A WIRRAL business was "brought to ts knees" because their trusted in-house accountant stole nearly £170,000 - then bragged about his luxury lifestsyle on the internet.

Stephen Siddell's dishonesty led to 16 people losing their jobs while he and his wife, Louise Siddell, took luxury foreign holidays.

They even posted photographs of their stay in a six bedroom villa in Cyprus on Facebook boasting, “because we're worth it”

Liverpool Crown Court heard the couple had lock-up garage in Bromborough, which was an “Aladdin’s cave” full of their expensive furniture and designer goods.

24-year-old Louise Siddell had also used their ill-gotten gains to pay for jewellery and breast enhancement.

But while they led a lavish lifestyle, his dishonesty forced his employers to lay off two thirds of their workforce.

The court was told that the Liscard firm, Property and Land Information (PALi) Ltd is still in danger of collapsing and the directors have ploughed in £100,00 of their own cash to save it.

A further 30 offices, which employ staff who rely on PALi, have also been affected.

28-year-old Siddell, of Serpentine Road, Wallasey, was jailed for three years five months. He had pleaded guilty to 63 offences of theft and three of fraud.

His pregnant wife and mother of their two young children was put behind bars for six months but she will be released before their next child is due in September.

Judge Nigel Gilmour QC told them, “I have read your Facebook entries that cover the period while you were enjoying the fruits of your criminal behaviour.

“They make deeply unattractive reading, boasting of the luxury on holiday in Cyprus."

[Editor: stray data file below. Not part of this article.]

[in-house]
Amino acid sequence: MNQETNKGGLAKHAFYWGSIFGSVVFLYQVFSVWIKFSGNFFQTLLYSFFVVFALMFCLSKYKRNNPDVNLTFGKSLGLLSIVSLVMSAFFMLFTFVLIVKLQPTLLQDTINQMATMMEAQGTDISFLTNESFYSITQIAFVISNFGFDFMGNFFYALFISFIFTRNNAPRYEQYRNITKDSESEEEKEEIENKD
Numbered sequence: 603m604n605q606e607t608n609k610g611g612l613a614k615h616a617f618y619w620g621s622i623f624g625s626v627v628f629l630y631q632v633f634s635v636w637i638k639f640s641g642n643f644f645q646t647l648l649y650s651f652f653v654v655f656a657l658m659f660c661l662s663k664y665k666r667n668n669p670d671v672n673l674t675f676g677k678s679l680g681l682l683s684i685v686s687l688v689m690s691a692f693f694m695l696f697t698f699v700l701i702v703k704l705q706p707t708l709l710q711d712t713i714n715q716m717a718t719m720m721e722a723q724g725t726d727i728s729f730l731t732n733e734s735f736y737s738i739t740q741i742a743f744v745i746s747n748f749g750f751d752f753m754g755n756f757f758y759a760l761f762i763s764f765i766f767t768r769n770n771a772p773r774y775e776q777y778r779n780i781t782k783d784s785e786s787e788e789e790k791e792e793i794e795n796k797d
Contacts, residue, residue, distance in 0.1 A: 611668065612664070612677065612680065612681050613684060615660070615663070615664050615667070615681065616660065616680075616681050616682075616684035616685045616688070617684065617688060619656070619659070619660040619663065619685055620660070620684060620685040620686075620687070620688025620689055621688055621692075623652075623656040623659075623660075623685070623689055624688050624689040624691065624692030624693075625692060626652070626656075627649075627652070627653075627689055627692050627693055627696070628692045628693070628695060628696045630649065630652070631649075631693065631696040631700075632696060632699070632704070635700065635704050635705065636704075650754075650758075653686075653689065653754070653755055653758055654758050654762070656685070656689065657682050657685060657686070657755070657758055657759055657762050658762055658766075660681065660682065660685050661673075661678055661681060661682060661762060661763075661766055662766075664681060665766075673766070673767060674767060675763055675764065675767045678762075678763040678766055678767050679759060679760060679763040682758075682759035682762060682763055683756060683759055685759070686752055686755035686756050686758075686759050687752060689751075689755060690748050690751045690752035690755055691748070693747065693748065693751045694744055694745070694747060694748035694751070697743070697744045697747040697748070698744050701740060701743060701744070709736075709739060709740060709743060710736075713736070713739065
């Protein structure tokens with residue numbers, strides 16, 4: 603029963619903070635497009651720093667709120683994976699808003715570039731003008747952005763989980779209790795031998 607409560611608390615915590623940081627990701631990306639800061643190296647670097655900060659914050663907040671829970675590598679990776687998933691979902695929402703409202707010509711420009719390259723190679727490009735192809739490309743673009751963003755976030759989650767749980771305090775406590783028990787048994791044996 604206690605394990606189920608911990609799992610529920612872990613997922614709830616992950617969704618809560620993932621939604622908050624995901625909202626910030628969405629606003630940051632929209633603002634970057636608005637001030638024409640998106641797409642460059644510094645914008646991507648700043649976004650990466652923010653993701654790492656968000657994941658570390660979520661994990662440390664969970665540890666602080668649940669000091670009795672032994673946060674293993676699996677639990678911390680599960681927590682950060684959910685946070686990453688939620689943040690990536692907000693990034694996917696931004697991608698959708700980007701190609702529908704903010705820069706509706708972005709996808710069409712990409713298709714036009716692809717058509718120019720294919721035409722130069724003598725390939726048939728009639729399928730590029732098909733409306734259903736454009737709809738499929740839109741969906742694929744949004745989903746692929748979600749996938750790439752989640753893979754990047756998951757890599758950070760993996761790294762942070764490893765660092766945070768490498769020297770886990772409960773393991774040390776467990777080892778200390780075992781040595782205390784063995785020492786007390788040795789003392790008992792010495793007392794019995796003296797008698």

He told Louise Siddell, of Union Street, Wallasey, “I have no doubt at all that you demonstrated to all and sundry, including your husband, that you liked the new spending power you had.

“Your husband was keen to satisfy your love for material goods.”

He told her that if she had not been pregnant the sentence would have been considerably longer. She had pleaded guilty to money laundering, Ian Davies, prosecuting, said that Siddell began his scam within just three weeks of starting at the business in October 2009.

He was responsible for handling and receiving payments to and from clients. But instead of paying and cashing invoices, Siddell siphoned £166,710 into his own bank account and that of his wife.

Siddell, who earned just £15,000, deposited £86,614 into his wife’s account in just five months. In April 2010, Louise Siddell had just 75p in her account, but between June 5 and July 5 more than £27,600 was paid in.

He paid so much cash into his own accounts that his bank became suspicious and imposed a block on them. But he simply produced a forged letter claiming he was earning “uncapped commission” to explain the massive amounts.

He also admitted making a fraudulent loan application for £80,600, pretending he was earning £135,000 a year. He was caught before the cash was transferred.

Mr Davies said that after bosses discovered the scam they found drawers full of unpaid invoices and the firm's debts almost matched the amount stolen by Siddell.

Director Nick Small Snr, who has helped build the small business up over the last 11 years, told how the couple enjoyed the high-life while he has given up some of his retirement savings to help the business.

“Stephen and his wife were boasting of their “new found wealth” on Facebook, posting photographs of themselves lying besides infinity pools at their six-bedroom villa, nights at the Hard Days night hotel and the Lowry hotel.

“One thing that still haunts me is when Louise posted “because we're worth it” when boasting about a luxury they had bought. This phrase makes me so angry.”

"His stealing had brought the company to its knees and forced redundancy of two thirds of his colleagues."

John Ballam, defending, said that Stephen Siddell co-operated with police and admitted in interview that, “It just got completely out of hand. I wish I had never started in the first place.”

Siddell, who has two sons from a previous relationship, was “thoroughly ashamed” and wanted to pay back the cash, he said, Paul Lewis, defending Louise Siddell, said she had been suspicious about but did not have “direct knowledge” of the source of the money. He said she had sympathy for the company and had brought shame upon her family.